Stock Market Concentration – Does It Matter?

Michael Brown
Senior Research Strategist
Index concentration is something oft written about when it comes to financial markets, though does it actually matter, and can any valuable information be extracted from the degree to which a handful of names dominate certain global equity benchmarks?

Long ‘stupid nicknames for baskets of stocks’ might have been the best trade of the last year or so.

I jest, of course, but it is getting rather ridiculous at this point – we’re all familiar with the ‘magnificent seven’ on Wall Street, but that may now be becoming the ‘super six’ amid Tesla’s dismal start to the year. As if that wasn’t bad enough, we now have to deal with the ‘seven samurai’, the equivalent basket of Japanese equities, as well as the ‘GRANOLAS’, an acronym for a similar bucket full of European stocks. I must confess my own guilt here, in that I also coined the ‘sick seven’, to name the seven largest stocks in the FTSE 100.

However, I’m prepared to say that enough is enough. And, ask the question that nobody seems prepared to ask – does concentration even matter?

As far as I can work out, and I’m happy to be corrected on this, the answer to that is a resounding ‘no’.

The first argument that springs to mind here is that index concentration is bad news for stock pickers, and active managers. This is, of course, true, yet unless you are a stock picker or active manager attempting to outperform the market, I see little reason to be particularly perturbed by this.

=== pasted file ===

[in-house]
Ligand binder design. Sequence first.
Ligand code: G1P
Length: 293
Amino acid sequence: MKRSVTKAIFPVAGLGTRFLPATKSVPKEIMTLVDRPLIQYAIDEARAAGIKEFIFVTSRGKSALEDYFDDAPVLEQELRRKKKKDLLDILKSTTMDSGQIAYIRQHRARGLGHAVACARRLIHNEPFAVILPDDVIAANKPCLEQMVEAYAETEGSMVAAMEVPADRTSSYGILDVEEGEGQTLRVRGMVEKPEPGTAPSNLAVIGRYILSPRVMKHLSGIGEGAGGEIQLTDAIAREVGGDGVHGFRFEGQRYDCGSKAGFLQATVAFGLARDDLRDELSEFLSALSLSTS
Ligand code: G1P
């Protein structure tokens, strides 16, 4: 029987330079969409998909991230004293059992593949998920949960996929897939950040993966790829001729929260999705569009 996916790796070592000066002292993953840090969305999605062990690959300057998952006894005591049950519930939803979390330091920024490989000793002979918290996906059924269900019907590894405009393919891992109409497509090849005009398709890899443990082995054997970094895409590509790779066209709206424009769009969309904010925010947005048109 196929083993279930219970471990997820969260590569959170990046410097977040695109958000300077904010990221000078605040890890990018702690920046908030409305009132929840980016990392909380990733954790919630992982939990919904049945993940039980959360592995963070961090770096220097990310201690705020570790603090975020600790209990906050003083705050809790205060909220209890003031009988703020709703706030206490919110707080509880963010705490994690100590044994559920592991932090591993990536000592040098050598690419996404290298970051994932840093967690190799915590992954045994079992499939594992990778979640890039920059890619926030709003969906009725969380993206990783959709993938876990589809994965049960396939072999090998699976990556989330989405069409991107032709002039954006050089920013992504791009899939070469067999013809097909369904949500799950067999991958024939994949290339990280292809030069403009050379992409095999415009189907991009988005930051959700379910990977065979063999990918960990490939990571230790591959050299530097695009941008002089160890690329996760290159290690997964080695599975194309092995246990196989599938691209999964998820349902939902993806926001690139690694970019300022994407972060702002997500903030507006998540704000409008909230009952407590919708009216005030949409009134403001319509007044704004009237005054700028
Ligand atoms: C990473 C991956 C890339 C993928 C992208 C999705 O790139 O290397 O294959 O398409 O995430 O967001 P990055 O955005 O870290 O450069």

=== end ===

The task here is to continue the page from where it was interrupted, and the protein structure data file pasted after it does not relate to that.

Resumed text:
Another argument is that, the more concentrated an index is, the more volatile it is likely to be. While there may well be some relationship between the two, it appears ropey at best. It is also the case that, while indices may be concentrated, they tend at present to be concentrated among stocks that operate across vast swathes of the economy – take Amazon, for instance, a retailer, which is also a media company, an advertising agency, a logistics firm, a payments facilitator, and a huge player in the cloud computing space. These aren’t exactly ‘one trick ponies’.


What other straws can we clutch onto here?

Valuation may be one, particularly with passive money flooding into index funds, chasing the biggest stocks ever-higher, and meaning that the big only continue to get bigger. While valuation does, clearly, now matter in a world where money is no longer free, stocks being ‘expensive’ on P/E, or any other ratio of your choosing is no reason to expect them to roll over. In the same way, naturally, that a market being ‘cheap’ is no reason to expect it to automatically rally, as anyone involved in the London market in recent years can well attest to.

Fragility is something else that some may worry about, and is a valid concern; if 9% of an index is weighted towards a single stock – as in the case of Microsoft (MSFT) and the Nasdaq 100 – it’s logical to be concerned about downside in that name having a detrimental impact on the broader market, the polar opposite of what is seen on the way up. However, once again, this argument doesn’t seem to stack up to statistical scrutiny, with index concentration never having reached particularly noteworthy levels before recent significant market drawdowns.

So, what to make of all this? In short, concentration chatter is a great way to grab headlines, and fill up column inches, particularly when the market has been rallying for some time, and there is seemingly little else to talk about. It appears there is little edge, or value, in this sort of information.

If today’s news really is tomorrow’s chip paper, that might well be the best use for any column inches chock full of mentions of how narrow markets have become.